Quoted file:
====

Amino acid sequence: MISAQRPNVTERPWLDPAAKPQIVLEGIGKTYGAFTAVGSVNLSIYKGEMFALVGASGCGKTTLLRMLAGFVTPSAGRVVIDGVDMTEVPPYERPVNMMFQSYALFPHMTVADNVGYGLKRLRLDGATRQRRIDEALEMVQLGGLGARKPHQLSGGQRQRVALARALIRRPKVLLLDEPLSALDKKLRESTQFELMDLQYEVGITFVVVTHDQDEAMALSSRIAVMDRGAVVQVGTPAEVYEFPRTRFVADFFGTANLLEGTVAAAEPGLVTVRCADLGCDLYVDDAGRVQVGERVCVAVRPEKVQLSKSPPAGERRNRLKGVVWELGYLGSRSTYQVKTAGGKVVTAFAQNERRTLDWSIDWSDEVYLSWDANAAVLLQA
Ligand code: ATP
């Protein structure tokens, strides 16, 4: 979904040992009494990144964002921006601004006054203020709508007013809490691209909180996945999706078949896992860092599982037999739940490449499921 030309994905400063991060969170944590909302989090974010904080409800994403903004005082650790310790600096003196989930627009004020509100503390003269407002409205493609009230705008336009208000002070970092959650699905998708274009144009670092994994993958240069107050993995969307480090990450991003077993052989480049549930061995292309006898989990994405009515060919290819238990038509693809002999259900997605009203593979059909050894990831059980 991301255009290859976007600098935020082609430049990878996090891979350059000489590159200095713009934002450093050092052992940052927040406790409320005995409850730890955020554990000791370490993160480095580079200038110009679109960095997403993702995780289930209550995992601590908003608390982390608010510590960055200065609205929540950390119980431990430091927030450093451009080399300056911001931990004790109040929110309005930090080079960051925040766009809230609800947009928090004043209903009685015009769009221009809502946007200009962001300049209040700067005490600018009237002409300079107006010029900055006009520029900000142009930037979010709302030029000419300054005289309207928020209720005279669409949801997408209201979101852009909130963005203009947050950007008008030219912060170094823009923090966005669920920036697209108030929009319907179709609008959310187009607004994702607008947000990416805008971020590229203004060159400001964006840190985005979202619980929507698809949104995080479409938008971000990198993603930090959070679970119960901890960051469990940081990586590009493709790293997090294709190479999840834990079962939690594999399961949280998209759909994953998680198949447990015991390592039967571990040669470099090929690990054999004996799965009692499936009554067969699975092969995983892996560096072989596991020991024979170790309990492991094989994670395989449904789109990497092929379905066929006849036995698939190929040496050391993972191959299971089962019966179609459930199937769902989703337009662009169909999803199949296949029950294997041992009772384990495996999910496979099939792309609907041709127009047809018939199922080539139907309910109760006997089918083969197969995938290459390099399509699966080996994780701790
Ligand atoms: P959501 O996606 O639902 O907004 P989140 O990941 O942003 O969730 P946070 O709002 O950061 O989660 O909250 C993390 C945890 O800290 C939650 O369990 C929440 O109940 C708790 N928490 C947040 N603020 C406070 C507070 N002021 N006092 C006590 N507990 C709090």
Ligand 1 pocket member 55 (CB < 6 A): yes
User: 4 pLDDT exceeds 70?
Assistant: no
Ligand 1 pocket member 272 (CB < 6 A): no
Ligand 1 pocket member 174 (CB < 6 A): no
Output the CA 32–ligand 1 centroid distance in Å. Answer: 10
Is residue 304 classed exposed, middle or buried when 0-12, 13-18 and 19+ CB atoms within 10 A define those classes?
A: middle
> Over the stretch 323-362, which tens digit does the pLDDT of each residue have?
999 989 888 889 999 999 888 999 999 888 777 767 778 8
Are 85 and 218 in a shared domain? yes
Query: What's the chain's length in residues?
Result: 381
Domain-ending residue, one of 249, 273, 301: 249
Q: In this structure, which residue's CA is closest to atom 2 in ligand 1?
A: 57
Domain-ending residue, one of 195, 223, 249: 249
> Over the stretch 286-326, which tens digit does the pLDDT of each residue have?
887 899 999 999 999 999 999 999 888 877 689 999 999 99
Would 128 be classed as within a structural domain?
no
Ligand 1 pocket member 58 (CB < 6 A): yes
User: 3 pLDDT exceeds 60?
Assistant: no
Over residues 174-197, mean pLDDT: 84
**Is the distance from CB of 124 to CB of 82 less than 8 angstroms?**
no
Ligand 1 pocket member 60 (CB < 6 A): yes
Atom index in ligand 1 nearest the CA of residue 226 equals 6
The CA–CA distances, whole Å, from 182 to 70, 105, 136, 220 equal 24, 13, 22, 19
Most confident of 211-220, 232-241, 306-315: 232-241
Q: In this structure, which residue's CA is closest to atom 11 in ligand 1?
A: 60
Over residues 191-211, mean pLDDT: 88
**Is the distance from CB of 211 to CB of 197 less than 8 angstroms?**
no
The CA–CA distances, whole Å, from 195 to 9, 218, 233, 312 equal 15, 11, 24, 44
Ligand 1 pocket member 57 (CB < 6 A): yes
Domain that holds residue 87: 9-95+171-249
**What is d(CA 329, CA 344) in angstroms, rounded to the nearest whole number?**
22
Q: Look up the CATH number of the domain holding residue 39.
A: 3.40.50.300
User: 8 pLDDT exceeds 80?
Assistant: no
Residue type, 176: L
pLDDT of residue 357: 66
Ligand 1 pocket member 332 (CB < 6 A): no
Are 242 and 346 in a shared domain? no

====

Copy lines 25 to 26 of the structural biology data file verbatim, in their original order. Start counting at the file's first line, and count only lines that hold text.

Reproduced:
no
Ligand 1 pocket member 58 (CB < 6 A): yes